Hurricane Irma leaves destruction, death behind

Hurricane Irma leaves destruction, death behind

Hurricane Irma leaves destruction, death behind Hurricane Irma, one of the most powerful Atlantic storms in a century, drove toward Florida on Sept. 8 as it lashed the Caribbean with winds and torrential rain, leaving behind at least 14 deaths and a swathe of catastrophic destruction.

The hurricane battered the Turks and Caicos Islands early Sept. 8 and Cuba evacuated tourists from beachside resorts. 

Waves as high as 6 meters were expected in the Turks and Caicos. Communications went down as the storm slammed into the islands, and the extent of the devastation was unclear.

The first hurricane warnings were issued for parts of southern Florida as the state braced for what could be a catastrophic hit over the weekend. Following in Irma’s wake was Hurricane Jose, with some of the islands hit hardest by Irma in its expected path.

Irma weakened from a Category 5 storm to Category 4 on Sept. 8 morning with maximum sustained winds near 250 kph, but it remained a powerful hurricane.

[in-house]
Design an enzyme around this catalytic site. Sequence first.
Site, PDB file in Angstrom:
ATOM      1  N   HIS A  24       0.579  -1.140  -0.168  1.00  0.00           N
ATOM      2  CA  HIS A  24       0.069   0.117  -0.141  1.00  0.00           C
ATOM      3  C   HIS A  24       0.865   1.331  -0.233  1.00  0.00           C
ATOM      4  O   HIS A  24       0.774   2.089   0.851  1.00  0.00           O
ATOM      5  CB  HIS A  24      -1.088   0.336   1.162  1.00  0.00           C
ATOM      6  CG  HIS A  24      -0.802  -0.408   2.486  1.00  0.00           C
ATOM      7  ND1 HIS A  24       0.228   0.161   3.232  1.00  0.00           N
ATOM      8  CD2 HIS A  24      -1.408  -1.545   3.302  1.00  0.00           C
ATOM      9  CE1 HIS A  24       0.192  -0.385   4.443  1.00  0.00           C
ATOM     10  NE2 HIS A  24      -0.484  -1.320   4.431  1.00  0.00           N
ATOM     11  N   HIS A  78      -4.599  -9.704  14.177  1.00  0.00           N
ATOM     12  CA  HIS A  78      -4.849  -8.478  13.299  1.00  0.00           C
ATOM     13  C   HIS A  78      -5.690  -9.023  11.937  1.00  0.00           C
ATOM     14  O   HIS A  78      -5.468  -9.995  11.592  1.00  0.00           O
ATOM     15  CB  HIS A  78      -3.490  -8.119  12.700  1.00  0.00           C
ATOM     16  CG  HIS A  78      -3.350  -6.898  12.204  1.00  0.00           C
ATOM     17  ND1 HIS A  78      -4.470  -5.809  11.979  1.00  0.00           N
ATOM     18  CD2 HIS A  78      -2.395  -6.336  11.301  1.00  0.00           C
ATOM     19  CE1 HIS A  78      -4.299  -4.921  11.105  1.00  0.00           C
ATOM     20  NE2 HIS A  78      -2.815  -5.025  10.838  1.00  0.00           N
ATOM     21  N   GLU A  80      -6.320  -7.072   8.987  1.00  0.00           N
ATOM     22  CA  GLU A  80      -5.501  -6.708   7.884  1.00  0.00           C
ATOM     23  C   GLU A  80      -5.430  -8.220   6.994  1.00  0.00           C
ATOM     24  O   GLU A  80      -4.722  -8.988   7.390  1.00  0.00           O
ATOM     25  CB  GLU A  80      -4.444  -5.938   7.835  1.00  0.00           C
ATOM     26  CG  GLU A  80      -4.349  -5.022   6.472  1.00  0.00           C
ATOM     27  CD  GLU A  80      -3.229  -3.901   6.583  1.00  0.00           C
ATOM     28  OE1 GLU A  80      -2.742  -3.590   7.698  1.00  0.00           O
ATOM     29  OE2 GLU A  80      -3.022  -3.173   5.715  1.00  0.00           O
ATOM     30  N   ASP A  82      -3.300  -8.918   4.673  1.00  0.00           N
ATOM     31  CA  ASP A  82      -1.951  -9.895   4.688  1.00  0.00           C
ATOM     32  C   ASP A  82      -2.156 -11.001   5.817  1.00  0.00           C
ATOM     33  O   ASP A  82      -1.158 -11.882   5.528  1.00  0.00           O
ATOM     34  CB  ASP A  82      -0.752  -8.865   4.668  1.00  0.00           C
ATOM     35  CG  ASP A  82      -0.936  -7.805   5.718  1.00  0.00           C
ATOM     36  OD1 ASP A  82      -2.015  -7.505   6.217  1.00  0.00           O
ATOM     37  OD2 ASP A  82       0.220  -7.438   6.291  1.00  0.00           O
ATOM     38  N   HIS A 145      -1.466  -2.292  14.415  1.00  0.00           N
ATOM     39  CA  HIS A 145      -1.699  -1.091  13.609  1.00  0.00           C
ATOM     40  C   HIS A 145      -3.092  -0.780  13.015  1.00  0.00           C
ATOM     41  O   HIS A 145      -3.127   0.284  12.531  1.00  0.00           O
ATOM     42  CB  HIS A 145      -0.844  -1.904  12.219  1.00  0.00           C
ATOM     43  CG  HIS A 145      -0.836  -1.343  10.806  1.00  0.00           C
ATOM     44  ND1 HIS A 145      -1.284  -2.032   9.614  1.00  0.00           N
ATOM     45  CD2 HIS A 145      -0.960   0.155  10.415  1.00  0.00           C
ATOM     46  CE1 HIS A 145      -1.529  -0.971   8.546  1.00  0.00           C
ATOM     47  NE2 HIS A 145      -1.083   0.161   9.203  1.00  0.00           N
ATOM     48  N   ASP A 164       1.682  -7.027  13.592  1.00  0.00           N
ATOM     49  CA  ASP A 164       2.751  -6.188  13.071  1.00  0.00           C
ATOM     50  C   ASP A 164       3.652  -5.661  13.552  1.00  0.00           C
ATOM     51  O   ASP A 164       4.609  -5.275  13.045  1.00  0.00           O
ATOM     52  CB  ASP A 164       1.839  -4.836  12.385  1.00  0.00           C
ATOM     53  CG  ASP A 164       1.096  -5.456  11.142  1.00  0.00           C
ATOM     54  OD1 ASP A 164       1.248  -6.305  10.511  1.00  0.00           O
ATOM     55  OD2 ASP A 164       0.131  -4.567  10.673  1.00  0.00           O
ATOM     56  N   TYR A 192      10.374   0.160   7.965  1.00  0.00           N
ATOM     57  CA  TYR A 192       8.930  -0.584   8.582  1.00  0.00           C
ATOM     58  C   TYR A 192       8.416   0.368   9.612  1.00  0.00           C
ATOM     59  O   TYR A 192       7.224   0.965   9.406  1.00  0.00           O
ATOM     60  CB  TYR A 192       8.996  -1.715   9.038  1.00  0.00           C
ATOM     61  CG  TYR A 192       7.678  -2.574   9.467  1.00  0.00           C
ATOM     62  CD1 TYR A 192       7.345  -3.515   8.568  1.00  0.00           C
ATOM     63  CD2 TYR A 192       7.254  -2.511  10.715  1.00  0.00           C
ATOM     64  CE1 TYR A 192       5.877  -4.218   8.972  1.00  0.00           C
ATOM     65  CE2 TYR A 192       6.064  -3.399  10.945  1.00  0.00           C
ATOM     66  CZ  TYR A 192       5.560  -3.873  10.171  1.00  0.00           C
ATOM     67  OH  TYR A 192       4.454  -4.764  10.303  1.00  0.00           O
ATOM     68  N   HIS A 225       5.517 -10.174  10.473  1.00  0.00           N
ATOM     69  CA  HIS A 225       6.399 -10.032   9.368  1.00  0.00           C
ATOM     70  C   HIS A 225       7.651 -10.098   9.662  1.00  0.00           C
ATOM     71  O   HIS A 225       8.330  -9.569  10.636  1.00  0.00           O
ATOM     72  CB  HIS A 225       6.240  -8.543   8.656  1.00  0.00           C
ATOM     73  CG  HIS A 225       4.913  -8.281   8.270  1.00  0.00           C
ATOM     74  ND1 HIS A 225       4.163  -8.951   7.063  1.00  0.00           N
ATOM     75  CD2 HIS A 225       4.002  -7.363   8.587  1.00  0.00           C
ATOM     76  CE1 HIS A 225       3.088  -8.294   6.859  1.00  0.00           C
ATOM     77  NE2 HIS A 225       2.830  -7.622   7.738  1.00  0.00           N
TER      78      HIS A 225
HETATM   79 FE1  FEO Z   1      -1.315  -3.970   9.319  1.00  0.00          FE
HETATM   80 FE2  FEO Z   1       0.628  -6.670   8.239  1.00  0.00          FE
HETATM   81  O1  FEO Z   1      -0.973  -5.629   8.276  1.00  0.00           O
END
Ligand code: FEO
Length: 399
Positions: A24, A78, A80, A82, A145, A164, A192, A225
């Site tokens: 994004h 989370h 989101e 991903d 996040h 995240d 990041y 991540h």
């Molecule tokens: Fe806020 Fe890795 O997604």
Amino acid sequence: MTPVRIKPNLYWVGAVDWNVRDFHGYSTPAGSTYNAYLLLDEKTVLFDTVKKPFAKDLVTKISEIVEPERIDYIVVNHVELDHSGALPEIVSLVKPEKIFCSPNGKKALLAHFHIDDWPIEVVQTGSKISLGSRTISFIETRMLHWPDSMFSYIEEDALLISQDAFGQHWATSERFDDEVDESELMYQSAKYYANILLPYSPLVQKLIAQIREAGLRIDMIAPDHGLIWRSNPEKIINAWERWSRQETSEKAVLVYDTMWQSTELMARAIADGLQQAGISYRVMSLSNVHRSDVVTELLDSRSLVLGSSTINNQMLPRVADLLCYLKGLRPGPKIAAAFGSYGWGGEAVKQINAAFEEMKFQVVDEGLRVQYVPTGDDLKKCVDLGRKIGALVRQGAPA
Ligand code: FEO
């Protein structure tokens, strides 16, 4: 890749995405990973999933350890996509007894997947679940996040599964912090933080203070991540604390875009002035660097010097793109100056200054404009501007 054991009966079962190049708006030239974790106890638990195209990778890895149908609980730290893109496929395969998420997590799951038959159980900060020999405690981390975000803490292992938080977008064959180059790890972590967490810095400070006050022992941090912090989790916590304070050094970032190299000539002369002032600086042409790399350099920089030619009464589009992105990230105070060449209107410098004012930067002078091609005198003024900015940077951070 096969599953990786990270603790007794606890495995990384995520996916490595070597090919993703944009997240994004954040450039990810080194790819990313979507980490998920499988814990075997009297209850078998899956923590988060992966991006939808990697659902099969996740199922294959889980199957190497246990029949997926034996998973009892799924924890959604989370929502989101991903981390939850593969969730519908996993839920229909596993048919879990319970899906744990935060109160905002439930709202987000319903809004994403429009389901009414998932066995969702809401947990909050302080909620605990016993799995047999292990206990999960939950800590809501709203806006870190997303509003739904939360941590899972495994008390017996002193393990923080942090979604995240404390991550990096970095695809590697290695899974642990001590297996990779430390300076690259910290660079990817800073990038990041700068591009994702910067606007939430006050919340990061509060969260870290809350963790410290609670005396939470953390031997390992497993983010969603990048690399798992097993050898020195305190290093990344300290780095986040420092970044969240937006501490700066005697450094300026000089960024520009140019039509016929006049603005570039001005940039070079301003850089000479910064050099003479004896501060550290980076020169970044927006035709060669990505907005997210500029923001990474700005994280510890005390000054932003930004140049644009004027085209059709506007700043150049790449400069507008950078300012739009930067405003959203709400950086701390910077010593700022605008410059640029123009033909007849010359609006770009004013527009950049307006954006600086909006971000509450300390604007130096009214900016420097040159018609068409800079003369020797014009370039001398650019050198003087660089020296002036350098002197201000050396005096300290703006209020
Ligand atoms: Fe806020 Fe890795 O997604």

Irma rolled past the Dominican Republic and Haiti on Sept. 7 and spun along the northern coast of Cuba on Sept. 8 morning. 

French, British and Dutch military authorities rushed aid to a devastated string of Caribbean islands where thousands were left homeless. The first islands hit by the storm were scenes of terrible destruction.

Looting was reported in St. Martin. Annick Girardin, minister for France’s overseas territories, described on BFM television on Sept. 8 “scenes of pillaging” of televisions as well as food and water.